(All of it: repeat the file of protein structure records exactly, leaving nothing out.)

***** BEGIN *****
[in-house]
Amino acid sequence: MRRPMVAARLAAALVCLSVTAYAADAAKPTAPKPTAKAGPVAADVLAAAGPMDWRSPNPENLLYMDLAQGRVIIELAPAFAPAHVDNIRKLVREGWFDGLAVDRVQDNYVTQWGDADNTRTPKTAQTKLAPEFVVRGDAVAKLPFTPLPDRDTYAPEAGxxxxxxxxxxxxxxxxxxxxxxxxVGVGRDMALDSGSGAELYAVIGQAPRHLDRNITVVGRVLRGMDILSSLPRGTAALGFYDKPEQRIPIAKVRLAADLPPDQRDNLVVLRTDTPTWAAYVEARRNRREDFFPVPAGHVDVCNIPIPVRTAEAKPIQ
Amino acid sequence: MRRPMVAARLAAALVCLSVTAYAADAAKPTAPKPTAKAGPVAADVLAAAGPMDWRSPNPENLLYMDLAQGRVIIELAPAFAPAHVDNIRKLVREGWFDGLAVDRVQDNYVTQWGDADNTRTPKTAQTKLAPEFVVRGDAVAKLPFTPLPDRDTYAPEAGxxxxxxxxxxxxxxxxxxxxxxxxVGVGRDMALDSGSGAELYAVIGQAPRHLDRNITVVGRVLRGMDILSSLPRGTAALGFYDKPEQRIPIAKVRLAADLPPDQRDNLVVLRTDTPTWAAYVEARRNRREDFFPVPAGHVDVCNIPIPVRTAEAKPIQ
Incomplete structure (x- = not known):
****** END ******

[in-house]
Amino acid sequence: MRRPMVAARLAAALVCLSVTAYAADAAKPTAPKPTAKAGPVAADVLAAAGPMDWRSPNPENLLYMDLAQGRVIIELAPAFAPAHVDNIRKLVREGWFDGLAVDRVQDNYVTQWGDADNTRTPKTAQTKLAPEFVVRGDAVAKLPFTPLPDRDTYAPEAGxxxxxxxxxxxxxxxxxxxxxxxxVGVGRDMALDSGSGAELYAVIGQAPRHLDRNITVVGRVLRGMDILSSLPRGTAALGFYDKPEQRIPIAKVRLAADLPPDQRDNLVVLRTDTPTWAAYVEARRNRREDFFPVPAGHVDVCNIPIPVRTAEAKPIQ
Amino acid sequence: MRRPMVAARLAAALVCLSVTAYAADAAKPTAPKPTAKAGPVAADVLAAAGPMDWRSPNPENLLYMDLAQGRVIIELAPAFAPAHVDNIRKLVREGWFDGLAVDRVQDNYVTQWGDADNTRTPKTAQTKLAPEFVVRGDAVAKLPFTPLPDRDTYAPEAGxxxxxxxxxxxxxxxxxxxxxxxxVGVGRDMALDSGSGAELYAVIGQAPRHLDRNITVVGRVLRGMDILSSLPRGTAALGFYDKPEQRIPIAKVRLAADLPPDQRDNLVVLRTDTPTWAAYVEARRNRREDFFPVPAGHVDVCNIPIPVRTAEAKPIQ
Incomplete structure (x- = not known):